A doctor will suspect fibromyalgia based on your symptoms. Doctors may require that you have tenderness to pressure or tender points at a specific number of certain spots before saying you have fibromyalgia, but they are not required to make the diagnosis (see the Box). A physical exam can be helpful to detect tenderness and to exclude other causes of muscle pain. There are no diagnostic tests (such as Xrays or blood tests) for this problem. Yet, you may need tests to rule out another health problem that can be confused with fibromyalgia.
Because widespread body pain is the main feature of fibromyalgia, health care providers will ask you to describe your pain. This may help tell the difference between fibromyalgia and other diseases with similar symptoms. Other conditions such as hypothyroidism (underactive thyroid gland) and polymyalgia rheumatica (/IAmA/PatientCaregiver/DiseasesConditions/PolymyalgiaRheumatica) sometimes mimic fibromyalgia.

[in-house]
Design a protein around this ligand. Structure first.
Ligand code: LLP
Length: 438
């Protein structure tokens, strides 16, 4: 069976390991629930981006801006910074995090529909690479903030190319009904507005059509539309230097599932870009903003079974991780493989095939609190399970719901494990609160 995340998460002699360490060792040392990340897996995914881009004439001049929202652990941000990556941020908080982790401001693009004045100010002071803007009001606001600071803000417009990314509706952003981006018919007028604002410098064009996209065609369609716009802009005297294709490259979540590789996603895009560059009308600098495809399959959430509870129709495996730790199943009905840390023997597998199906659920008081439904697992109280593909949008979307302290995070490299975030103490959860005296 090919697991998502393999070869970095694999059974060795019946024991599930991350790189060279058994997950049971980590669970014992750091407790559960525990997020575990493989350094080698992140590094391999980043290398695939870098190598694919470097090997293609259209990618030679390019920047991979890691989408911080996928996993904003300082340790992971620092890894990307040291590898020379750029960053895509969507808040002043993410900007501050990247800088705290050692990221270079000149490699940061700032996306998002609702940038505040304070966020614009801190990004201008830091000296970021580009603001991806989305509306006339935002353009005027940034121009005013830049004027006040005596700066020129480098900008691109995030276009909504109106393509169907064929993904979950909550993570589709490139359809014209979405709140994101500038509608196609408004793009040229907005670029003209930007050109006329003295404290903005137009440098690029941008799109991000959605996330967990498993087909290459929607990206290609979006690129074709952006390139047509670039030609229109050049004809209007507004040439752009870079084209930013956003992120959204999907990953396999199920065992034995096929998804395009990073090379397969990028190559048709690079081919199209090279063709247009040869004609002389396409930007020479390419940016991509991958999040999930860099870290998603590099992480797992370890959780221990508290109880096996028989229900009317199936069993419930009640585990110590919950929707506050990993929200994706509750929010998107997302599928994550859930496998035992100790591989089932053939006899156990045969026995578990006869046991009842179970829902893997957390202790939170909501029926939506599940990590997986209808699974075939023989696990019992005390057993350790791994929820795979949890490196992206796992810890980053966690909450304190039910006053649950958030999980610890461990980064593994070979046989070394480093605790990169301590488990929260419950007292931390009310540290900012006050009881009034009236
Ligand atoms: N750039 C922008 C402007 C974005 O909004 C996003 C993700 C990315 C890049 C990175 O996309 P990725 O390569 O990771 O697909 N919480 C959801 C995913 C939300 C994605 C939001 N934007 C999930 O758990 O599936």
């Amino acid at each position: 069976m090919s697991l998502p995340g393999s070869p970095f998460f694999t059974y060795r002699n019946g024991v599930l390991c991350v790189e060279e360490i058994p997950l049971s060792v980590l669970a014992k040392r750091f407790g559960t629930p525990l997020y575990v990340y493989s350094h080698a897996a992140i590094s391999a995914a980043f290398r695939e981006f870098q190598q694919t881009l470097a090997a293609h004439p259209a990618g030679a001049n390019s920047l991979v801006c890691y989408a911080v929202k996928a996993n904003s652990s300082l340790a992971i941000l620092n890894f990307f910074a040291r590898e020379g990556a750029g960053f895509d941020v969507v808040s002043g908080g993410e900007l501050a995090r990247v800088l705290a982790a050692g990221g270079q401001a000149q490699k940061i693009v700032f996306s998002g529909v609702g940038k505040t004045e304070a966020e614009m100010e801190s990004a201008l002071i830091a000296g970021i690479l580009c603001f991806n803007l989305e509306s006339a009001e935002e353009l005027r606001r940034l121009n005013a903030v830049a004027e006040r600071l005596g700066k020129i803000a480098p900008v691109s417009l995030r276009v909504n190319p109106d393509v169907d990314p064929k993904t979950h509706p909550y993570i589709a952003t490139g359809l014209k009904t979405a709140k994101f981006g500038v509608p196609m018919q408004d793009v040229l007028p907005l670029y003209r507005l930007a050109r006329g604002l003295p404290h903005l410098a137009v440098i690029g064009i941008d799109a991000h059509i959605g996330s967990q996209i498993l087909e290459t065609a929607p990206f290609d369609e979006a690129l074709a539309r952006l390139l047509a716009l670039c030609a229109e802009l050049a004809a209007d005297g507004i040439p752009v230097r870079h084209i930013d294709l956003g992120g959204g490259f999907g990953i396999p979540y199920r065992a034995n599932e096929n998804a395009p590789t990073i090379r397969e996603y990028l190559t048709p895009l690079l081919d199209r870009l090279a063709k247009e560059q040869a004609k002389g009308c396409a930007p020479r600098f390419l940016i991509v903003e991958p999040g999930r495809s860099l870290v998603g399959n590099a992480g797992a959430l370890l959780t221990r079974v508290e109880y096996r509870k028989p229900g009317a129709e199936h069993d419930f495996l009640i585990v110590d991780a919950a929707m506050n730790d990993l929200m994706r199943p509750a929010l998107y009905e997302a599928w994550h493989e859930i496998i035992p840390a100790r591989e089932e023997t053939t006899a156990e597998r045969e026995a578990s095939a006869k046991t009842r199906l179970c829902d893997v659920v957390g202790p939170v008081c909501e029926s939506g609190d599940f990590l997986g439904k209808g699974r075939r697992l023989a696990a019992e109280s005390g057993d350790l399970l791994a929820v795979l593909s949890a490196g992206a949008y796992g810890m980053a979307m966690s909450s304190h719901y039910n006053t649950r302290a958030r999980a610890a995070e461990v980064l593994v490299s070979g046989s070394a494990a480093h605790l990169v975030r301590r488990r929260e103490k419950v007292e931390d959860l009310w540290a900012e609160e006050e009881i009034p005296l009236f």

Blood tests can tell if you have either of these problems. Sometimes, fibromyalgia is confused with rheumatoid arthritis or lupus. But, again, there is a difference in the symptoms, physical findings and blood tests that will help your health care provider detect these health problems. Unlike fibromyalgia, these rheumatic diseases cause inflammation in the joints and tissues.
Criteria Needed for a Fibromyalgia Diagnosis
1. Pain and symptoms over the past week, based on the total of: Number of painful areas out of 19 parts of the body Plus level of severity of these symptoms: a. Fatigue b. Waking unrefreshed c. Cognitive (memory or thought) problems Plus number of other general physical symptoms
2. Symptoms lasting at least three months at a similar level